In recent years, discussions have flourished around the visionary predictions of famed architect and systems theorist Buckminster Fuller, who is said to have anticipated a concept akin to Bitcoin. Similarly, industrial magnate Henry Ford is credited with imagining a novel energy currency with the potential to halt wars. Furthermore, Friedrich Hayek, a towering figure in free-market economics and Nobel Prize winner, is believed to have predicted a Bitcoin-like system. References often include a 1984 video in which Hayek speculated about a future utilizing a “sly, roundabout way” to start “opening accounts in something.”
Hayek Believed Government Control Stifled Monetary Innovation
Friedrich August von Hayek, commonly referred to as F. A. Hayek (1899-1992), made his mark as an influential free-market economist and philosopher. Under the mentorship of Ludwig von Mises, Hayek was among the keen minds at Mises’s private seminar in Vienna, engaging deeply with his university peers under Mises’ expert guidance. His contributions to economic science were recognized with the Nobel Memorial Prize in Economic Sciences on Oct. 9, 1974.
While Milton Friedman, another towering Austrian economist, is widely recognized for foreseeing a Bitcoin-like system, Hayek is similarly acknowledged for hinting at a concept akin to Satoshi Nakamoto’s revolutionary digital currency. A notable moment is captured in a 1984 video, where Hayek delves into the evolution of law, language, and money. He observes, “Now, fortunately, law and language have been allowed to develop. Money has originated in its original form, but as soon as it was there in its most primitive form it was frozen.”
After two or three hundred years of coins, all the governments put their hands in and stopped any further development. Governments said it must not develop any further. We were not allowed to experiment on it. Money hasnt been improved. Money has become rather worse over time.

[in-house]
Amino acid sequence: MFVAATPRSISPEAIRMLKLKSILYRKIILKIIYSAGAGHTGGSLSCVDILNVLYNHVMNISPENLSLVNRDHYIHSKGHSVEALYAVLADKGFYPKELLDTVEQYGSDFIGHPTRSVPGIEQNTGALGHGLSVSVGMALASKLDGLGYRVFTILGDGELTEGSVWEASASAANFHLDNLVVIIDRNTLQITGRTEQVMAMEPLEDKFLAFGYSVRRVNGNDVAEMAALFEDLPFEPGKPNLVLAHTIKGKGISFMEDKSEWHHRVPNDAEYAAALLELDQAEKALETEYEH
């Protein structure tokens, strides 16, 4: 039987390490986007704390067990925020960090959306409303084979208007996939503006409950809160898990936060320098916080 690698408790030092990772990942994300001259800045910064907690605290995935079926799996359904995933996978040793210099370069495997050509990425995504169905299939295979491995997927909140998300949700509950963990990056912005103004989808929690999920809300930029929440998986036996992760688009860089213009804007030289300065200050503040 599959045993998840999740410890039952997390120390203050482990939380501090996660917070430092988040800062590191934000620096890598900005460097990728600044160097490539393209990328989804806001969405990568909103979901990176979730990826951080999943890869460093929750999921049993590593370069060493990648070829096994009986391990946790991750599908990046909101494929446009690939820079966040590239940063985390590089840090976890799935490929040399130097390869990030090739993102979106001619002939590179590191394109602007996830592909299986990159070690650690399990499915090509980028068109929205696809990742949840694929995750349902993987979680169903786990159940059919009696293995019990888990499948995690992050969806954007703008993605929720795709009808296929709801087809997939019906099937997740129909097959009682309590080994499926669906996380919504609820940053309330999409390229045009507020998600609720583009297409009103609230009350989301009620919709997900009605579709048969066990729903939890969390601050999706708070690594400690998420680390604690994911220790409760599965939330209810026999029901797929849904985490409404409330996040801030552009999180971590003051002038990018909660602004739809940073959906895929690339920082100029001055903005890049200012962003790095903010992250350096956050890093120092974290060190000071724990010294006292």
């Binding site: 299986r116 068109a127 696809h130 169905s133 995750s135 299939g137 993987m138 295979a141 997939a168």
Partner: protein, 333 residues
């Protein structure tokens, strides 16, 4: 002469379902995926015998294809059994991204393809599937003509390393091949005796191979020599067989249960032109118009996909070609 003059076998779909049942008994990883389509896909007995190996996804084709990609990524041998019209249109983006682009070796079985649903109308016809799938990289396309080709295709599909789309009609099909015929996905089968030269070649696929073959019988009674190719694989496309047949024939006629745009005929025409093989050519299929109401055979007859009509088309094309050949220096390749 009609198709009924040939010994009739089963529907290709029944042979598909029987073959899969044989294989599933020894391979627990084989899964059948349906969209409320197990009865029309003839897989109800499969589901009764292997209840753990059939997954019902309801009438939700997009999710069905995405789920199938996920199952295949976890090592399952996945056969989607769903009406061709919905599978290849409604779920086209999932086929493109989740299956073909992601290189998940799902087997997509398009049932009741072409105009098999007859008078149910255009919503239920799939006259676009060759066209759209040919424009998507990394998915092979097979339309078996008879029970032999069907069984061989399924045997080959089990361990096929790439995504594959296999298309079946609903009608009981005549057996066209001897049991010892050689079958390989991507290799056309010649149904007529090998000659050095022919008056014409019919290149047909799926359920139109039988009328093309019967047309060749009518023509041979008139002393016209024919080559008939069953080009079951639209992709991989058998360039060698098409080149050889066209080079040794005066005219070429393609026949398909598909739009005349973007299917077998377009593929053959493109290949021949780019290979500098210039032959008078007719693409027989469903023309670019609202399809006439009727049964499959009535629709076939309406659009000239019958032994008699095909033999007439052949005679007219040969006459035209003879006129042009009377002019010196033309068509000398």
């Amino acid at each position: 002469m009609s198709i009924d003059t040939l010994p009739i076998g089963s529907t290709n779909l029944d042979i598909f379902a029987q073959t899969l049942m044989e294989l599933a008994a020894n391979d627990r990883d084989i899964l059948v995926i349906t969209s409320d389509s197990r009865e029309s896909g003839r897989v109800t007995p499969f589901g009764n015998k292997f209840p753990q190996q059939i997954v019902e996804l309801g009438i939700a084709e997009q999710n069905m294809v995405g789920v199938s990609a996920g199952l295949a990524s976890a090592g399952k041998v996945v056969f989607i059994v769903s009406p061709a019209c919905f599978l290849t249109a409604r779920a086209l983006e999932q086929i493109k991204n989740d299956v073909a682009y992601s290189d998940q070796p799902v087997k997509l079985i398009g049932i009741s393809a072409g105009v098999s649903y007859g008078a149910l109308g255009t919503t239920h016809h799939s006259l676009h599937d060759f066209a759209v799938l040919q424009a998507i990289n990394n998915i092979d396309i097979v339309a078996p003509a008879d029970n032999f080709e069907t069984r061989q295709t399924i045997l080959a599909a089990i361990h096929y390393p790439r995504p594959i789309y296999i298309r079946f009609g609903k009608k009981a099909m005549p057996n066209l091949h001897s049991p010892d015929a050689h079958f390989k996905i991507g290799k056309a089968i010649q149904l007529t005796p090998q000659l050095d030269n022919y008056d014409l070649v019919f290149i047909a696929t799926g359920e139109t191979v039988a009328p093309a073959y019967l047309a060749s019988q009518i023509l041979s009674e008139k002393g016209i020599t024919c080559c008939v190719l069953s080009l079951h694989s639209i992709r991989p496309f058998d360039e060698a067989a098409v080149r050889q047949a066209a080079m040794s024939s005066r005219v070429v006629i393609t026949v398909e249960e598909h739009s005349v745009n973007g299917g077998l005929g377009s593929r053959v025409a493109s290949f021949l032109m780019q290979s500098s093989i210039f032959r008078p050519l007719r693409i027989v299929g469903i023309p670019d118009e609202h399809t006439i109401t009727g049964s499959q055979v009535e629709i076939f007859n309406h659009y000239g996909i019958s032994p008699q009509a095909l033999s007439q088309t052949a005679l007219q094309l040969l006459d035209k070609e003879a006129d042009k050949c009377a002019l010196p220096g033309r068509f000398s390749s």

The Sly, Roundabout Way to Approach the Denationalization of Money
The economist remarked that our experience with currency to date has involved governmental creations of money, which have been “mostly wrong” and “mostly abuses of money.” “I have come to the position of asking, has monetary policy ever done any good?” Hayek inquired. “I don’t think so,” he said. Hayek was adamant that it has merely caused “harm,” and he advocated for what he termed the “denationalization of money.”
Upon being questioned by the interviewer on how the system he imagined would function, or whether a private entity such as Chase could circulate its own currency, Hayek offered a simple smile in response. He then said, “While the governments can stop people from issuing money, they can hardly stop them from opening accounts into something. After all, in a modern world hand to hand money, coins, and paper are no longer the most important,” Hayek explained.
The economist continued:
Credits and credit cards are substitutes. So I think we can forget about existing money and existing banks. And open a system of accounts which would displace money … I don’t believe that we shall ever have good money again before we take the thing out of the hands of the government. We can’t take them violently out of the hands of the government, [then] all we can do is by some sly, roundabout way [and] introduce something they can’t stop.
Hayek penned a seminal work titled “The Denationalisation of Money” in 1976, followed by an updated edition in 1978, “Denationalisation of Money: The Argument Refined.” Within these pages, Hayek advocates for dismantling the government’s sole authority to mint currency. He champions the full privatization of the monetary system, asserting that the fabrication, allocation, and oversight of currency should entirely reside within the domain of the free market. This laissez-faire approach, the famed economist posits, would pave the way for monetary innovations.
Following Hayek’s death, several initiatives emerged in the United States aiming to privatize currency, yet they encountered governmental opposition. For example, in 1998, Bernard von NotHaus introduced The Liberty Dollar, a private currency backed by precise amounts of precious metals. By 2007, the U.S. government had seized the company’s bank accounts, closed its website, and levied numerous charges against its founder. Similarly, E-gold faced a shutdown in 2007 after offering a digital currency exchangeable for gold.
The U.S. government contended that the E-gold initiative facilitated money laundering. In contrast, Bitcoin emerged two years subsequently, coinciding with the onset of the Great Recession. Unlike E-gold and The Liberty Dollar, Bitcoin distinguished itself by operating without a centralized authority. The enigmatic creator, Satoshi Nakamoto, unveiled a system akin to what Hayek envisioned, enabling one to “open a system of accounts which would displace money.” Bitcoin’s inception was far from conventional, embodying a “sly, roundabout way” to introduce an unstoppable innovation.
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